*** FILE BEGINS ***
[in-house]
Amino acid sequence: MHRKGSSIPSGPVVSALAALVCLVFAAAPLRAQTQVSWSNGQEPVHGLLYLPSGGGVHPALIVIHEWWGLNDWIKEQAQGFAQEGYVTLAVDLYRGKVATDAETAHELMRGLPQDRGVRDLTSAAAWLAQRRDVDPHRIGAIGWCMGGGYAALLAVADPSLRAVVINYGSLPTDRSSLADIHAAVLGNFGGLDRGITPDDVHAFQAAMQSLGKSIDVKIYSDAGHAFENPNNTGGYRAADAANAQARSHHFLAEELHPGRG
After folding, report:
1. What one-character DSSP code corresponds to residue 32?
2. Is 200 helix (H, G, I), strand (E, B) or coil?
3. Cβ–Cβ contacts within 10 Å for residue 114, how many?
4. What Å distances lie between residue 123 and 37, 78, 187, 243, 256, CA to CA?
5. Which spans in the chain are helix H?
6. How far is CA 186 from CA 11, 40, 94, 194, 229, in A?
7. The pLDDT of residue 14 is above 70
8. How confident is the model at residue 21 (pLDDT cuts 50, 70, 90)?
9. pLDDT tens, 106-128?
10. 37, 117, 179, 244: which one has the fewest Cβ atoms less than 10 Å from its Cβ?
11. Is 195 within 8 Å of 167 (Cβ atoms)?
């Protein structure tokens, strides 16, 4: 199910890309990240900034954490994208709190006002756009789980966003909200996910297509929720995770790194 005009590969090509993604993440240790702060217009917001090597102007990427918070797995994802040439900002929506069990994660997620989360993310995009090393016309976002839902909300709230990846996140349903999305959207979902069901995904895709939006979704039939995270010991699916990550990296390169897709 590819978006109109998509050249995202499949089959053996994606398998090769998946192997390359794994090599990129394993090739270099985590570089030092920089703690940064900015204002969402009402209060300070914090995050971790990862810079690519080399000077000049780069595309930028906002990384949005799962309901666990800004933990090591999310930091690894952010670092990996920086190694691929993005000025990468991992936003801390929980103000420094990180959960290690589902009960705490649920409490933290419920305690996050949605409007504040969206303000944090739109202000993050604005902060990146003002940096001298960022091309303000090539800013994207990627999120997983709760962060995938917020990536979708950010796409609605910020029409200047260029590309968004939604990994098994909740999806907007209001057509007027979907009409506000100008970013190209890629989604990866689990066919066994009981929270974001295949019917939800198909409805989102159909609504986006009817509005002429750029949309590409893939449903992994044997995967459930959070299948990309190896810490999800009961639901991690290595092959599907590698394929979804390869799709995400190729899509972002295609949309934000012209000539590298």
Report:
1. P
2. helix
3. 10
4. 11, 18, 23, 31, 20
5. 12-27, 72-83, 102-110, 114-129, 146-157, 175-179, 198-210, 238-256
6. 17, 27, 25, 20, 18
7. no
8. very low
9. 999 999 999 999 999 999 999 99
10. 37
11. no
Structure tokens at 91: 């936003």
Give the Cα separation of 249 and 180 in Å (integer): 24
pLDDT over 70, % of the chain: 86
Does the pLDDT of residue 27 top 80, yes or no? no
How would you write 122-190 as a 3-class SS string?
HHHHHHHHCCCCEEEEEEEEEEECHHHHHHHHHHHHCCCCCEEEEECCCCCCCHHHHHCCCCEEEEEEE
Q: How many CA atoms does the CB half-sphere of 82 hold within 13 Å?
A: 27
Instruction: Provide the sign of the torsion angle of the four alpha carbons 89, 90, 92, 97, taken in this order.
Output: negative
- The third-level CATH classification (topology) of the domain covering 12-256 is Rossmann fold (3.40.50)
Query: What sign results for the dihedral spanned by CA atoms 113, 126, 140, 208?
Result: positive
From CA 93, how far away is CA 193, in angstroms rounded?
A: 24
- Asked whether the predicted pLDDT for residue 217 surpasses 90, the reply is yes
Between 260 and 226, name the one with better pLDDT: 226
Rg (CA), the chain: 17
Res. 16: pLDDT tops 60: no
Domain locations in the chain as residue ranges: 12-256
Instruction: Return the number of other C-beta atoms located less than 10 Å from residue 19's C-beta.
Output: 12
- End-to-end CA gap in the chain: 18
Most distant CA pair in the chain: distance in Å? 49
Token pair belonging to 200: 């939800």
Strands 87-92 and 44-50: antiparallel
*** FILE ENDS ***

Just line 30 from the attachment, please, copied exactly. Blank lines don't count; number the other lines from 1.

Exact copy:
pLDDT over 70, % of the chain: 86